After first TV debate, every Leader has more work to do to appeal to voters

After first TV debate, every Leader has more work to do to appeal to voters

TV leaders’ debates are always crucial moments in an election campaign.

For the leaders of the political parties, it is their biggest opportunity to reach out to voters and get their big messages across. That is the case this year even more so than usual since they can’t hold mass public events and rallies due to coronavirus restrictions.

Normally, an army of spin doctors and political journalists cram into the debate venue to discuss how the key figures perform in front of the cameras.

The normal hustle and bustle was absent on Tuesday for BBC Scotland’s debate, with the leaders of Scotland’s five main political parties going head to head in a largely empty studio, where they were asked questions by a virtual audience on a big screen.

The debate that ensued left no doubt about the biggest issues in this election campaign: the coronavirus recovery and the prospect of an independence referendum.

No fewer than four of the audience members wanted to speak about whether there should, or should not, be another referendum – and those asking seemed to all have strong views. One man, introduced as Selwyn, pressed SNP leader Nicola Sturgeon on the issue, telling her: ‘Nicola Sturgeon said to us she is focused on COVID and all that goes with it. If that’s the case how did she find time to put an independence bill through parliament while we are still suffering Covid? That’s not a focus.’ Another audience member, Colin, was at the other end of the constitutional divide, telling the pro-Union leaders that they are ‘nothing more than imperialists wanting to rule’.

Although no one can be in any doubt that Ms Sturgeon’s central aim in politics is bringing about an independent Scotland, she didn’t always look comfortable talking about it, particularly when Scottish Conservative leader Douglas Ross told her to spell out when a referendum will be held. She responded it would be in the first half of the next parliament, ‘assuming the crisis has passed’.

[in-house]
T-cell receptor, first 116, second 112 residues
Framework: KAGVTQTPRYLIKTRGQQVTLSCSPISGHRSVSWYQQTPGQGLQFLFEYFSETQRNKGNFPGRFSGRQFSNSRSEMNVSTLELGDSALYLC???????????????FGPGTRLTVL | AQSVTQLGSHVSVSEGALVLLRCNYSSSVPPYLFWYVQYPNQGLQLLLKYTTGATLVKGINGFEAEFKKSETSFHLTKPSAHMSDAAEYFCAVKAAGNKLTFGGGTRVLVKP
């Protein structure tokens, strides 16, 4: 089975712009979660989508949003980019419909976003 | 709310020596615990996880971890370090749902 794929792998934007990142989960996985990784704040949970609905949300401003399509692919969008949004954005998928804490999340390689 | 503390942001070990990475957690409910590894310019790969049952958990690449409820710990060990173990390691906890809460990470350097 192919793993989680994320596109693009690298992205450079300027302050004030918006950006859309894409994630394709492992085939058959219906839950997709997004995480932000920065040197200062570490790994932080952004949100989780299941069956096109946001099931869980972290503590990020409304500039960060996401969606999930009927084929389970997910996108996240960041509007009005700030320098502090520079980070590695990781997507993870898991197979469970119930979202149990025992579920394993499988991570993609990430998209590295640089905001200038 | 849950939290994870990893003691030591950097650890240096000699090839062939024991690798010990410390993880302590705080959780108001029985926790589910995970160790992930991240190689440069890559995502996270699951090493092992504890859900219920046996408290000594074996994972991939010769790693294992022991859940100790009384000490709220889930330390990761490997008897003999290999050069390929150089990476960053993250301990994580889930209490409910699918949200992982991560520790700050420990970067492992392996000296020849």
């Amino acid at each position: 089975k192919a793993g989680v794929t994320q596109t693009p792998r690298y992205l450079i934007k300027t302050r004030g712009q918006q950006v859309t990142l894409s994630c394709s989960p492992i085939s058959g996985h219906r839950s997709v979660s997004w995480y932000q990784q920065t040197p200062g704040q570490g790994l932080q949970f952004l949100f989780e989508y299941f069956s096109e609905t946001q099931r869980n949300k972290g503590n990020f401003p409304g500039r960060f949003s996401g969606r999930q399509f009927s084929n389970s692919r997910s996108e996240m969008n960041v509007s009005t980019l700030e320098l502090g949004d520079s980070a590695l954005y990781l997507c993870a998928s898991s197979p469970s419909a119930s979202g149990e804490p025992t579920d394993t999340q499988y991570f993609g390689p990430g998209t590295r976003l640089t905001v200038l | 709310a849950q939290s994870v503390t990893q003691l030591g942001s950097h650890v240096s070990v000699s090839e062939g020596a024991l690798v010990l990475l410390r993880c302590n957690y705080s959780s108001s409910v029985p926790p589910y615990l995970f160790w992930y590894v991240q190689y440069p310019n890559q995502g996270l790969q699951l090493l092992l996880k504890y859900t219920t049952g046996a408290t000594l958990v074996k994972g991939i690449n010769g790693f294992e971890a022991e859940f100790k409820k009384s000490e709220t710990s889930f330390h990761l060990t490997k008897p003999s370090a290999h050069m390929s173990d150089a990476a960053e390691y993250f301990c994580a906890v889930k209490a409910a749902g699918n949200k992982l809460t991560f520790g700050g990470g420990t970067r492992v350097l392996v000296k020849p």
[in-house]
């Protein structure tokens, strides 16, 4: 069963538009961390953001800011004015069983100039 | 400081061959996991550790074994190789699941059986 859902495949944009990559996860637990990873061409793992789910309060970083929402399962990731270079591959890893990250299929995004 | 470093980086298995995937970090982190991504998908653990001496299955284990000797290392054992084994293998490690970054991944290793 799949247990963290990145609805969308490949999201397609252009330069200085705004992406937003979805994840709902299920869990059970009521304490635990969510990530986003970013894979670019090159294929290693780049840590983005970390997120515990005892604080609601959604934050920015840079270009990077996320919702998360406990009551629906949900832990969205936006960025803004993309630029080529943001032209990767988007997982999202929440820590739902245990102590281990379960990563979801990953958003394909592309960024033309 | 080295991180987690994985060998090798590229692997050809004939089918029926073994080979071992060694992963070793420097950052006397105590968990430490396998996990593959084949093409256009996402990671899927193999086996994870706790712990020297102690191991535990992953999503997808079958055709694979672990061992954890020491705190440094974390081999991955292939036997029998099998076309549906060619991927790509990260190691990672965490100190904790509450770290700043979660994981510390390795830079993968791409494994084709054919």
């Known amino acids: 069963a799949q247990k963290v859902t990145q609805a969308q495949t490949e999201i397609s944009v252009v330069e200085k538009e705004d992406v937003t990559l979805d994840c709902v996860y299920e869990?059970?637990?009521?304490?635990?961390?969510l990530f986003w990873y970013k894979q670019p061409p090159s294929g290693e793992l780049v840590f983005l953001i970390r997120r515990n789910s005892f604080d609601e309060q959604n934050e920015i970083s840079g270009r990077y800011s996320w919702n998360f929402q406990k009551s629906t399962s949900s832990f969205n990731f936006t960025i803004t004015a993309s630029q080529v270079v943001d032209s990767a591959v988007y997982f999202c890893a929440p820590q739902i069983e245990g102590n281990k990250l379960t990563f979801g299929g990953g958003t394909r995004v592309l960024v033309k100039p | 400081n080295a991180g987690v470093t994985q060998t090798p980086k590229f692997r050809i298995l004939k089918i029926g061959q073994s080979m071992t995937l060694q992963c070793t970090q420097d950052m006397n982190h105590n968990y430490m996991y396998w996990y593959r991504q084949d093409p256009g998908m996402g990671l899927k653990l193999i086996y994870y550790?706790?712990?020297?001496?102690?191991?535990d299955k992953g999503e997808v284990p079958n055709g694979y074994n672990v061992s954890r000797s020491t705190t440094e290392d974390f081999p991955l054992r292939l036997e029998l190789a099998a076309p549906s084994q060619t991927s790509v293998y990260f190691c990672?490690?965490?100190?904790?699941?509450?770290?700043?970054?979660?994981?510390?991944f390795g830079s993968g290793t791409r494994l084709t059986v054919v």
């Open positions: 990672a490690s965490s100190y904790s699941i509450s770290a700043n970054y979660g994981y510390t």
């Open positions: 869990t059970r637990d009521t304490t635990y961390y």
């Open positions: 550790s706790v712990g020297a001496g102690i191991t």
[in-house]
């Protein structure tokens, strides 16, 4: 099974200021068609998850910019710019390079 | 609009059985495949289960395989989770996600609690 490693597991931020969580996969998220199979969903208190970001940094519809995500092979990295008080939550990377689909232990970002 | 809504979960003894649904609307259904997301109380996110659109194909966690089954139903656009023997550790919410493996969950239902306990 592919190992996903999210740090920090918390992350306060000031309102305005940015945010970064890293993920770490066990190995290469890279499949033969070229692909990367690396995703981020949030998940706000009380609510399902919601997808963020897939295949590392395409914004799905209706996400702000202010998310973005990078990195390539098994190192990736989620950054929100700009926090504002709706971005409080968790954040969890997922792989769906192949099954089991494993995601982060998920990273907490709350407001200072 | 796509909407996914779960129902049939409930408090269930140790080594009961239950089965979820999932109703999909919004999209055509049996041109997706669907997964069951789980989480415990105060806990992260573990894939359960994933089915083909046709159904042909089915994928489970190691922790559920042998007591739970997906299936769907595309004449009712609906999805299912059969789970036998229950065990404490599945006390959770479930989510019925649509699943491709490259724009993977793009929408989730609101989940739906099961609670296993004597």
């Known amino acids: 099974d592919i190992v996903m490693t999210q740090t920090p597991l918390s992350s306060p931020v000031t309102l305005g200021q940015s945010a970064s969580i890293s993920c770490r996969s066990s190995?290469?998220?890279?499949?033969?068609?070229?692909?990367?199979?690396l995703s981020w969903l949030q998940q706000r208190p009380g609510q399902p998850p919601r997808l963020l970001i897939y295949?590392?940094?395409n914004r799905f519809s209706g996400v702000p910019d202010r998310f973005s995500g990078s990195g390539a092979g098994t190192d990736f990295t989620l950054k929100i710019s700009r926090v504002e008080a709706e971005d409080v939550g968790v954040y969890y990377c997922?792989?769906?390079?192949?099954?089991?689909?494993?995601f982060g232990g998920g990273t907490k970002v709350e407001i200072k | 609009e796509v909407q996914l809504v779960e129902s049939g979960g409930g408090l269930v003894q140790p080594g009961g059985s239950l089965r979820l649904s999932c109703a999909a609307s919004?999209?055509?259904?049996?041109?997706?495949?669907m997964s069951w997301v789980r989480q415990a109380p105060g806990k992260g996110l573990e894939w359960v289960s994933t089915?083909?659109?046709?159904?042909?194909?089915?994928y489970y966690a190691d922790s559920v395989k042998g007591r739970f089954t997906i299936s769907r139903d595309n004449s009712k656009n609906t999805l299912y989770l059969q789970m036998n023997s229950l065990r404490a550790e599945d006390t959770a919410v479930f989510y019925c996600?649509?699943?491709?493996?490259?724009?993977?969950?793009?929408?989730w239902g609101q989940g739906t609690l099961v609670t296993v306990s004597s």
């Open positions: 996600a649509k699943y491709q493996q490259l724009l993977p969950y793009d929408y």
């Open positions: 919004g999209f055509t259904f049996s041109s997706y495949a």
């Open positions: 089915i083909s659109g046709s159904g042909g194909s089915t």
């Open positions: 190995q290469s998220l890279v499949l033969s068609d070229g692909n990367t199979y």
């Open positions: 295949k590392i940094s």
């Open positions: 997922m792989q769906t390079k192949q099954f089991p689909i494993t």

Ms Sturgeon wanted the focus of the debate to be on her response to the coronavirus crisis, and it was on that issue that she was strongest. Her best line of the evening was when she told viewers at home: ‘These are serious times, and they demand serious leadership. We need an experienced hand at the wheel.’

Mr Ross seemed far more comfortable raising the prospect of a referendum than Ms Sturgeon. He will be pleased to have achieved his main aim of showing he will stand up to the SNP leader and be the most strongly anti-independence voice. However, Tory strategists will want to soften his image for the next TV debate and get across more positive messages on policy.

Scottish Labour leader Anas Sarwar was possibly the best political performer of the evening, especially when highlighting the shocking impact the treatment backlog caused by lockdown is having on NHS patients, and his central message that it is time to move on from constitutional division will have an appeal with some voters.

Scottish Liberal Democrat leader Willie Rennie also got across the threat of five years of debate on the constitution and ‘poisonous’ arguments between Ms Sturgeon and Alex Salmond, who has set up the new Alba Party to compete for votes on the regional list.

Lorna Slater, co-leader of the pro-independence Scottish Greens, was surprisingly less radical than Ms Sturgeon on a referendum, saying it should only happen at some point in the next parliament.

The first TV debate has really launched the election campaign – but with at least two more to come all of the leaders will still believe they have work to do to hone their message to appeal to more voters.

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